On Shaming in Sports
In her article, “Shame on Rutgers–Shame on Us,” which came out in Psychology Today today, Dr. Marilyn Price-Mitchel points to the evils of shaming in sports. She highlights the righteous indignation of Governor Chris Christie who asks, “What parent would let this animal back into their living room to try to recruit their son?”
He who is without fault, throw the first stone.
Yes, yelling and public humiliation are dramatic examples of adults shaming kids. But let’s name the iceberg that this is the tip of: the effort to manipulate and control other people’s behavior. It doesn’t just happen on the sports field. It happens at home and in school, as well. It happens in a myriad of more insidious ways, too. Even praise can be one of the more subtle ways that adults can undermine confidence.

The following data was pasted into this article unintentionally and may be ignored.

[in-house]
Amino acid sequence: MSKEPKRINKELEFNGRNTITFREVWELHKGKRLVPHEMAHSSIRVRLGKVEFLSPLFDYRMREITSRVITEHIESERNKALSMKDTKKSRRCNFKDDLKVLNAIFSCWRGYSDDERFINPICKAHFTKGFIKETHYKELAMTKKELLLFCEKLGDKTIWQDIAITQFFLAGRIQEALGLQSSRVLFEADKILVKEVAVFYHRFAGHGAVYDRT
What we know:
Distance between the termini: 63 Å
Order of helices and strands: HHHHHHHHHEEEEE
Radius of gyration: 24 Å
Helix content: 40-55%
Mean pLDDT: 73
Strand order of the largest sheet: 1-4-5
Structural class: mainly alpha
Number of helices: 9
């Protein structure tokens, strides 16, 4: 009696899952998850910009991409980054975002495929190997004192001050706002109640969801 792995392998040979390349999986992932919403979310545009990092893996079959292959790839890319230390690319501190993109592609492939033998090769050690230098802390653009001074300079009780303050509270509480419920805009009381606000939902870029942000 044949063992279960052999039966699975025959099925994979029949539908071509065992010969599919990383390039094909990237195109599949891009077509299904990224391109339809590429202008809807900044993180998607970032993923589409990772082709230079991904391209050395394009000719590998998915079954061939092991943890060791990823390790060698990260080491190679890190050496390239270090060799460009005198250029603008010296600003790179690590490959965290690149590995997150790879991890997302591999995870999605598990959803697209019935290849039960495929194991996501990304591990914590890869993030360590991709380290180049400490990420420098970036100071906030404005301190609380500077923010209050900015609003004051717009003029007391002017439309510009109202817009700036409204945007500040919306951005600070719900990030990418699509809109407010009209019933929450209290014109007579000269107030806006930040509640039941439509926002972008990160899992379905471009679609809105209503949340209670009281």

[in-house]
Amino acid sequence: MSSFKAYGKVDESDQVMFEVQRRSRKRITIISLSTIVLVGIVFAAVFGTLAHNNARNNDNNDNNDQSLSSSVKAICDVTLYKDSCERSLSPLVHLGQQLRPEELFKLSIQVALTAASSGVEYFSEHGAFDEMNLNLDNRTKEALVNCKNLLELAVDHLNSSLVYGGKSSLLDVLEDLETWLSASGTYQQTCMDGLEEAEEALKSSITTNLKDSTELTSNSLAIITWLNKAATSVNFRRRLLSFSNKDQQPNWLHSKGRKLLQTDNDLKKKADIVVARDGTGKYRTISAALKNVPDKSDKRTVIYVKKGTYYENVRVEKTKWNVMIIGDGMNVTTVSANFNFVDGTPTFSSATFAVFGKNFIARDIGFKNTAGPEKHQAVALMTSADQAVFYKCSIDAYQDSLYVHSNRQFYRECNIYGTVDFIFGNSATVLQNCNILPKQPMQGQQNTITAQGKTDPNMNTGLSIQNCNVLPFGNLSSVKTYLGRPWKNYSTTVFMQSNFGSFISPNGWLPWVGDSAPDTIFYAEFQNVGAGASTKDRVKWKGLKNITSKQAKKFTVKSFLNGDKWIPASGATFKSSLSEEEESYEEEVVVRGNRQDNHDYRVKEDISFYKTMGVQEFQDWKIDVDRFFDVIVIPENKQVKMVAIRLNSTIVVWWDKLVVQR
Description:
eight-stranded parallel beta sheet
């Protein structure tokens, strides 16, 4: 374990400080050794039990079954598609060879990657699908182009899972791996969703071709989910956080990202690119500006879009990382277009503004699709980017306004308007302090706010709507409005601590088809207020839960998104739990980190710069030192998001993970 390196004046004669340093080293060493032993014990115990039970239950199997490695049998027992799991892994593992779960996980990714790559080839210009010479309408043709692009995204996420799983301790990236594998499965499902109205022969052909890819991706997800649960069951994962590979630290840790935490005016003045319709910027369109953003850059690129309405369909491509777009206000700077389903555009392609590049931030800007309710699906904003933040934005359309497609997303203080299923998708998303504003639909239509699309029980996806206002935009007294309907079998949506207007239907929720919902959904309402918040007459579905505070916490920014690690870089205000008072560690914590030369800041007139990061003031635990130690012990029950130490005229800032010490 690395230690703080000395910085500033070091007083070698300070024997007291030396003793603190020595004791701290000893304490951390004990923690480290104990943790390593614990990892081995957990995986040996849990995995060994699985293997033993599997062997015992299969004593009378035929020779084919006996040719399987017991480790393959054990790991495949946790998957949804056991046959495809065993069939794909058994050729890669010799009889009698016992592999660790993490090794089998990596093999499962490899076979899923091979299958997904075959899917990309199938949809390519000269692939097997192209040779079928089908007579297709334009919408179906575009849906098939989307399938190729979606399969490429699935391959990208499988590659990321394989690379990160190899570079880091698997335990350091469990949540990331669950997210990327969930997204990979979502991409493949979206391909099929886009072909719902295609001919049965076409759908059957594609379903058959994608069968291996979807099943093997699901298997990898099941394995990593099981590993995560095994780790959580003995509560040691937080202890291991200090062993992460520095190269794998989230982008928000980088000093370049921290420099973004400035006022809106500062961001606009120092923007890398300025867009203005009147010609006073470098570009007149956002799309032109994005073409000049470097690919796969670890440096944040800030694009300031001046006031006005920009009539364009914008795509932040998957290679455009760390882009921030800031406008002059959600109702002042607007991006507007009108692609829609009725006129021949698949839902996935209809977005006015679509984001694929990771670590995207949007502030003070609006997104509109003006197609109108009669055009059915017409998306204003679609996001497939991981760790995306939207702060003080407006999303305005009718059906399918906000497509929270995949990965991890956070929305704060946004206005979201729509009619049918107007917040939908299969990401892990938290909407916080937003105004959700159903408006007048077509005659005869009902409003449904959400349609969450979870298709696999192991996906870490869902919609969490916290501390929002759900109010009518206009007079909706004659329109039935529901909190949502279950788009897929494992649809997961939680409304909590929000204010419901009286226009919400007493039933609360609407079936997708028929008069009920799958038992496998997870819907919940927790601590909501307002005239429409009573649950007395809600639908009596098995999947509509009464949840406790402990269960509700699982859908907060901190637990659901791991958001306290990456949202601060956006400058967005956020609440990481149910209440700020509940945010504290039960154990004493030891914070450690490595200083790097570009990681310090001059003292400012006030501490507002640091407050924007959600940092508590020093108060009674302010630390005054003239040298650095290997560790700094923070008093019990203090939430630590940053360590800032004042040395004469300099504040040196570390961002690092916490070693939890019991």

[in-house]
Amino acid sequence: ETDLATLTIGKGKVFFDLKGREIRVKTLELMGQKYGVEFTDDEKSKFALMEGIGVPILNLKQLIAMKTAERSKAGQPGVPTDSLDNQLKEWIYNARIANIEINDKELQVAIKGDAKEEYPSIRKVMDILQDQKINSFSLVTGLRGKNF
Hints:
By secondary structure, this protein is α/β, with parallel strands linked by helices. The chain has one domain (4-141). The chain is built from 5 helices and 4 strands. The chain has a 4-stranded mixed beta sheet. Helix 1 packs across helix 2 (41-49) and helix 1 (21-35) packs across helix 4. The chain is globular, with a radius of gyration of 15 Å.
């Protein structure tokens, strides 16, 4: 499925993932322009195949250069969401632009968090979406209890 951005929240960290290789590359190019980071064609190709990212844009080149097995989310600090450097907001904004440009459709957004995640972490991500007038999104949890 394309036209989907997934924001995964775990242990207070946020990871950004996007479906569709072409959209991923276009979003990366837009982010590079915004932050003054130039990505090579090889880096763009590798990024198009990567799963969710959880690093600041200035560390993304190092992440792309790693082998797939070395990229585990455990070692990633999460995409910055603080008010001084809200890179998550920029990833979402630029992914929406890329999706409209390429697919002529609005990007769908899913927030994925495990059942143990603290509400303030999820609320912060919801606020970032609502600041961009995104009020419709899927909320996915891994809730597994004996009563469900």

The bad guy, here, is the general understanding that it is the adult’s job to give or engineer a child success, confidence and well-being. It can’t be done, and attempts to do so have negative side effects. Watch “My Fair Lady,” again. (“Just you wait.” “Without You.”)
Thoughts on Adult Authority
We in authority need to keep learning how to exercise authority in a way that increases the authority of others. Authority based on coercive power, is not really all that powerful—just scary and potentially destructive. Authority based on the disciplined pursuit of loving relationships guided by reason and empathy–that is the business we all are in, not just coaches, not just teachers, but all of us.